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Lisa Wilkinson: Think You Already Know The Lindy Chamberlain Story? Think Again.

I never thought Lindy Chamberlain was guilty.

Through all the years of trials, all the interviews, all the rumours, innuendo, and snatched moments on camera as she and husband Michael headed into court yet again, somehow it just never added up for me that she played any part in the disappearance of her baby daughter Azaria.

But after seeing an advanced screening of the two-part Network 10 documentary Lindy Chamberlain: The True Story,  I can now clearly see why, for decades, an overwhelming majority of Australians thought she did.

Like many, I thought I knew this story back to front, but these three gripping hours from award-winning director Mark Joffe and writer Francine Finnane have made me completely rethink this enduring dark stain on Australian judicial history, and the shocking prejudice aimed at an innocent mother who had just lost her nine-week-old baby.

Michael and Lindy Chamberlain with a photo of Azaria. Image: Fairfax.

I was a young woman just entering the media when the Azaria Chamberlain story overwhelmed the headlines, and our nation. It was the hottest topic of conversation at every backyard barbie, every dinner table, every workplace and every water cooler. We all had an opinion - and usually a strong one at that.

Why didn’t Lindy seem to act the way you’re meant to act if you lose a child? What did that strange name Azaria even mean anyway? Where were the tears? What about that weird religion they practice? Why aren’t we hearing from those two brothers? The questions were always loaded with suspicion and a presumption of guilt.

What I didn’t realise at the time, and what becomes clear in this stunningly revelatory documentary is the completely sexist lens through which Lindy was presented to the Australian public by an almost exclusively male media pack whose partying ways while reporting the case became legendary, police investigators who were heard more than once to say they “had to get that bitch”, self-serving politicians, and a judiciary who simply got it wrong.

In 1980s Australia there were very few females holding those same positions of power. It meant Lindy never had a chance.

That’s not to say that women, too, didn’t take part in the prevailing prejudice of the day. Think for a moment how Lindy must have felt, walking into court as she did past a long lineup of women all wearing matching T-shirts declaring “The Dingo Is Innocent”.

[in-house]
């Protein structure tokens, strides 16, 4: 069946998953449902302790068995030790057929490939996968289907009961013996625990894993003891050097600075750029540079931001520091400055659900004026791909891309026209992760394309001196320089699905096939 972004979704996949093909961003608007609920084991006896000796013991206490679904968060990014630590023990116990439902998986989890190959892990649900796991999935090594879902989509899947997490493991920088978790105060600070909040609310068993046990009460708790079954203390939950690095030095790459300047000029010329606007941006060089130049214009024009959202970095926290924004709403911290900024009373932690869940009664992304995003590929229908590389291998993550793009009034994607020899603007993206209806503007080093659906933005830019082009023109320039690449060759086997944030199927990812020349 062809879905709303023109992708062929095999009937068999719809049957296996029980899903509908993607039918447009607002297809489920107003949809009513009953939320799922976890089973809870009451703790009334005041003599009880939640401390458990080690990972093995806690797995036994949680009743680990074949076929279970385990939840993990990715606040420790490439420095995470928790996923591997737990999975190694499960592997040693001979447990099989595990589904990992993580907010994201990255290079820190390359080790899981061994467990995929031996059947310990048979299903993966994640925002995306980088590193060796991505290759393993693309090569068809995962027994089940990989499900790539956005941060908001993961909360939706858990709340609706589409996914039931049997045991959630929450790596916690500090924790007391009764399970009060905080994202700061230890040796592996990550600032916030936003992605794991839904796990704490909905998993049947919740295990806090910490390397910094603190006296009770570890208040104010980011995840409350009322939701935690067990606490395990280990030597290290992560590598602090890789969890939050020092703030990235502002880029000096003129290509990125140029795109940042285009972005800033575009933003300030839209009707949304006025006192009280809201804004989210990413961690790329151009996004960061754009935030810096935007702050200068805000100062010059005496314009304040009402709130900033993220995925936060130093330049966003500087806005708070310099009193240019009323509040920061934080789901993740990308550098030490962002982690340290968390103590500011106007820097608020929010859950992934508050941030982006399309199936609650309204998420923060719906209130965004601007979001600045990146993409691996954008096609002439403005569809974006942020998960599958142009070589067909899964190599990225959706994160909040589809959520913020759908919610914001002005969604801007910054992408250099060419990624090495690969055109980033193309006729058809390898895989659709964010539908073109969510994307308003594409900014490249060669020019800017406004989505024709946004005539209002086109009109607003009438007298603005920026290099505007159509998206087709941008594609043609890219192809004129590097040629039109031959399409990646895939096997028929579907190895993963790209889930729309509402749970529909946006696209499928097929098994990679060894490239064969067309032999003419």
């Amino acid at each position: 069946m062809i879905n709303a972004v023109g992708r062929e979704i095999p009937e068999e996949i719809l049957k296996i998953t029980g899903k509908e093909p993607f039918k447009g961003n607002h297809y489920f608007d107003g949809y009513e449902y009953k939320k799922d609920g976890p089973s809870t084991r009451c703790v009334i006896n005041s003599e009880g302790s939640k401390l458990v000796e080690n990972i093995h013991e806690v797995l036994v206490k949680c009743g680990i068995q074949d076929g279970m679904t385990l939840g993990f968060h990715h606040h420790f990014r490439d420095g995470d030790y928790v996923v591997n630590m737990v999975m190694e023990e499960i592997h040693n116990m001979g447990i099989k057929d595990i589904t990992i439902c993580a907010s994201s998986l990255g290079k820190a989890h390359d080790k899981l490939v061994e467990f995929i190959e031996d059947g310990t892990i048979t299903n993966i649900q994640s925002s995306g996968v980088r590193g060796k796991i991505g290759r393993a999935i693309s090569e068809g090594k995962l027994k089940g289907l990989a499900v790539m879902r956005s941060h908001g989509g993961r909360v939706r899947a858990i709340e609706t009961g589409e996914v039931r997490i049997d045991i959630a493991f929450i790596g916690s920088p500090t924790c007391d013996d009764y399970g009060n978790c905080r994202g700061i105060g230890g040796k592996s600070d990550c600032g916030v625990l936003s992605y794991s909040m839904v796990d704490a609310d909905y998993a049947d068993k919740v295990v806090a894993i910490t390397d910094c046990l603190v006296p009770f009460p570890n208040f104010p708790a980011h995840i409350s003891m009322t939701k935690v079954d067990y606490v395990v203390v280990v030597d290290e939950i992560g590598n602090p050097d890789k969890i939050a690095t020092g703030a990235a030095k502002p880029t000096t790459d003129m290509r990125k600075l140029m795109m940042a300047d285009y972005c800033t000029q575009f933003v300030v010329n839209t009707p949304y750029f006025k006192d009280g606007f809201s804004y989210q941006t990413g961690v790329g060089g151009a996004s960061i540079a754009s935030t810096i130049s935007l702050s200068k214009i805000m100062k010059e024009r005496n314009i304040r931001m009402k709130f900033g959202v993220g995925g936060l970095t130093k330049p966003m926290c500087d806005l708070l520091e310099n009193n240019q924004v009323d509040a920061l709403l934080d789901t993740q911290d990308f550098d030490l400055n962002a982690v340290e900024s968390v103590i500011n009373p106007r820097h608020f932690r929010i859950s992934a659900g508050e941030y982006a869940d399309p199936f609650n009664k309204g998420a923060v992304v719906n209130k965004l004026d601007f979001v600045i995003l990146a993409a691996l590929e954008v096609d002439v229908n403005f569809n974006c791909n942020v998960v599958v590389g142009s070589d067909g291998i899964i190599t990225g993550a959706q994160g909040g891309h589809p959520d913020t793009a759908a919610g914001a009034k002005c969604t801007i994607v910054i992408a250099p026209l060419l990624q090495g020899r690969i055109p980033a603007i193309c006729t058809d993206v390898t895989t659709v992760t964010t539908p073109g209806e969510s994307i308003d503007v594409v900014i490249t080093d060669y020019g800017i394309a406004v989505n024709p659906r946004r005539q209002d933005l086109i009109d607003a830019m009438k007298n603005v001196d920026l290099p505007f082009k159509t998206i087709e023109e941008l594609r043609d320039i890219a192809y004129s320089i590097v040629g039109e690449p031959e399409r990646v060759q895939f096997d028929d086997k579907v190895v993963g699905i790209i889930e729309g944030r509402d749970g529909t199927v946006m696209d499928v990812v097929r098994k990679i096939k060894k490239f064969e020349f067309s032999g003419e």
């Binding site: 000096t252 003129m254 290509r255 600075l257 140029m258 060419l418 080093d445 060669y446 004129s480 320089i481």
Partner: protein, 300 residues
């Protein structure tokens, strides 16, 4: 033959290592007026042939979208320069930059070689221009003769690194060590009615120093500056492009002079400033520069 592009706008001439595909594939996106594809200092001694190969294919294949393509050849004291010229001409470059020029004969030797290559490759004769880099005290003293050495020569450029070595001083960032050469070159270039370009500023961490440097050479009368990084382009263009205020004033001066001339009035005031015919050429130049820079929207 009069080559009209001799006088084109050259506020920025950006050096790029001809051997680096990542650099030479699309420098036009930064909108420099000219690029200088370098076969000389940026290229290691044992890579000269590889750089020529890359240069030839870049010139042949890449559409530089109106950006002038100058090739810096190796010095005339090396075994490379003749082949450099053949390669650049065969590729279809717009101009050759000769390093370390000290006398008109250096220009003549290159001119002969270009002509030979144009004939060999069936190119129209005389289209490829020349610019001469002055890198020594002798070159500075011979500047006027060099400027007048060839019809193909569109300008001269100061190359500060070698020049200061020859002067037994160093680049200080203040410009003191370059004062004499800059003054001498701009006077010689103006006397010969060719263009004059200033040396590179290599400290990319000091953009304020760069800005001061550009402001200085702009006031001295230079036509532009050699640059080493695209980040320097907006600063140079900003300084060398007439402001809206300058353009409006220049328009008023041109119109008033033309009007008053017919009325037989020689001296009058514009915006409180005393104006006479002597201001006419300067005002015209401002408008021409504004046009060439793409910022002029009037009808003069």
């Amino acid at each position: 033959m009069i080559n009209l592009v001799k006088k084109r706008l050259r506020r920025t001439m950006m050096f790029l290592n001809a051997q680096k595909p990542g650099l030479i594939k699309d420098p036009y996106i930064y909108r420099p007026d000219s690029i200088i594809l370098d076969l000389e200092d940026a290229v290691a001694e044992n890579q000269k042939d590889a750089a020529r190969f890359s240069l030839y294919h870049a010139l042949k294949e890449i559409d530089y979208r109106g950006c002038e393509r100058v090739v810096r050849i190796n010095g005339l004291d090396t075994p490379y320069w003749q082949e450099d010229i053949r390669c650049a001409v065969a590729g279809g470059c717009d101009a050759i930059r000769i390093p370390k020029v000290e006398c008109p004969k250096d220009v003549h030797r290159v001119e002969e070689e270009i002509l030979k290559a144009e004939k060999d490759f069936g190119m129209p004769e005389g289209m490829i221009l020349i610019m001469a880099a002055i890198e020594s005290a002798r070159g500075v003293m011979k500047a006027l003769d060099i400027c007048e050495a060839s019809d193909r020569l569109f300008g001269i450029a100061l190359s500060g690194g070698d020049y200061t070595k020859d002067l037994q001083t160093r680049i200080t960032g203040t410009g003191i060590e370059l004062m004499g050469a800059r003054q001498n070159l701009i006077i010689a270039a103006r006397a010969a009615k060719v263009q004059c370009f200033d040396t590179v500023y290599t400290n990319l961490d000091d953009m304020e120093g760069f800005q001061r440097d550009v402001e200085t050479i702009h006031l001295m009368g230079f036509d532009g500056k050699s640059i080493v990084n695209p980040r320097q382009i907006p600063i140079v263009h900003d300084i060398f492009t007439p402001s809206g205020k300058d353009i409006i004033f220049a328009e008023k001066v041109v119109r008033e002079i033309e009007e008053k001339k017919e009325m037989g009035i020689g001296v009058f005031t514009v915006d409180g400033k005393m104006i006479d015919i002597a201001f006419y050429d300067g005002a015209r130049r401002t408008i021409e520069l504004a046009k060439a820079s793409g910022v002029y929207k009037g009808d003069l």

Yes, when it came to making a joke of this woman, this family, and a newborn baby taken from its grieving mother, there was even merch.

The other problem that emerges for Lindy is that, if she was innocent, and a dingo was found to have taken her baby, that was going to be bad for Northern Territory tourism - and no-one in power wanted that.

Lindy Chamberlain holding Azaria, alongside Aidan and Reagan Chamberlain, on the Stuart Highway on 16 August, 1980. Image: AAP.

But it’s the private moments which are revealed that tell a whole other side to this story we thought we knew so well - from the heartbreakingly beautiful notes the boys sent to Lindy in jail, and she it turn to them, to the deeply cruel letters that arrived in their thousands, to the one-dollar cheques from pensioners who did believe in Lindy’s innocence and wanted to help.

And then there is what Lindy calls her “second family”: the random strangers who shared the campsite at Uluru on that fateful August night four decades ago, and whose crucial evidence was largely ignored during the trial which, it should be remembered, saw an innocent woman given a life sentence 'with hard labour'. Despite their own lives being deeply affected simply by their association with Lindy, her "second family" resolutely stood by her, and their honour and loyalty throughout the ordeal, and still today, is truly moving.

Tellingly, not one of those who played a significant role in putting Lindy behind bars agreed to take part in the documentary - from the Northern Territory Chief Ministers and other assorted politicians who oversaw proceedings, to the police, to the Crown Prosecutors, to the bumbling female forensics “expert” who told the court she had found foetal blood in the Chamberlain’s car (it turned out to be manufacturer’s paint).

Inside the 1977-model yellow hatchback V8 Torana, which was central to the conviction and ultimate exoneration of Lindy and Michael Chamberlain. Image: AAP.

The documentary is narrated and co-executive produced by the wonderful Sam Neill, who played Michael Chamberlain in the Academy Award nominated Evil Angels, alongside Meryl Streep. And this Sunday on The Project, right before the first episode of the documentary airs, I talk to Sam about his involvement.

He shares his thoughts on the woman he got to know when he stayed with the Chamberlains, the sadness Michael shared with him, his thoughts on how those in power got it so wrong, and the lessons he hopes we can all learn as a result.

It’s a must see.

Lindy Chamberlain: The True Story airs Sunday, September 27 and Monday, September 28 at 7.30pm, right after The Project on Network 10.